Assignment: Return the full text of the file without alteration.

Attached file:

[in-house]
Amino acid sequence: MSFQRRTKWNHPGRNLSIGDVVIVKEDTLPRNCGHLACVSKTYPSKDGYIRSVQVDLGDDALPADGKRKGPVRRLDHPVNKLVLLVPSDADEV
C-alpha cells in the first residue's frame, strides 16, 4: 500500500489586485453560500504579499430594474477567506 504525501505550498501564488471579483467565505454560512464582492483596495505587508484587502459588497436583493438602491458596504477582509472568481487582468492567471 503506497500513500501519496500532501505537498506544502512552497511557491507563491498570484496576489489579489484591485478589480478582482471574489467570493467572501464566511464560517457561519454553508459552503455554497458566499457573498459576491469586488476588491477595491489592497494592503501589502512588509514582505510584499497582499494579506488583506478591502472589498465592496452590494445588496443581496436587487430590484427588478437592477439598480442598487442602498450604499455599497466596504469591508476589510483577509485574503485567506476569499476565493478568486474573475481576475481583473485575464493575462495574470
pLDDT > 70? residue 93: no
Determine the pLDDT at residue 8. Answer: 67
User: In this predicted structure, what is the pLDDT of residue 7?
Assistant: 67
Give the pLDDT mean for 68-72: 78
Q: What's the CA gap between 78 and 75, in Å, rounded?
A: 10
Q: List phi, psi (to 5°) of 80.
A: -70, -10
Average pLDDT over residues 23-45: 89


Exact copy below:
[in-house]
Amino acid sequence: MSFQRRTKWNHPGRNLSIGDVVIVKEDTLPRNCGHLACVSKTYPSKDGYIRSVQVDLGDDALPADGKRKGPVRRLDHPVNKLVLLVPSDADEV
C-alpha cells in the first residue's frame, strides 16, 4: 500500500489586485453560500504579499430594474477567506 504525501505550498501564488471579483467565505454560512464582492483596495505587508484587502459588497436583493438602491458596504477582509472568481487582468492567471 503506497500513500501519496500532501505537498506544502512552497511557491507563491498570484496576489489579489484591485478589480478582482471574489467570493467572501464566511464560517457561519454553508459552503455554497458566499457573498459576491469586488476588491477595491489592497494592503501589502512588509514582505510584499497582499494579506488583506478591502472589498465592496452590494445588496443581496436587487430590484427588478437592477439598480442598487442602498450604499455599497466596504469591508476589510483577509485574503485567506476569499476565493478568486474573475481576475481583473485575464493575462495574470
pLDDT > 70? residue 93: no
Determine the pLDDT at residue 8. Answer: 67
User: In this predicted structure, what is the pLDDT of residue 7?
Assistant: 67
Give the pLDDT mean for 68-72: 78
Q: What's the CA gap between 78 and 75, in Å, rounded?
A: 10
Q: List phi, psi (to 5°) of 80.
A: -70, -10
Average pLDDT over residues 23-45: 89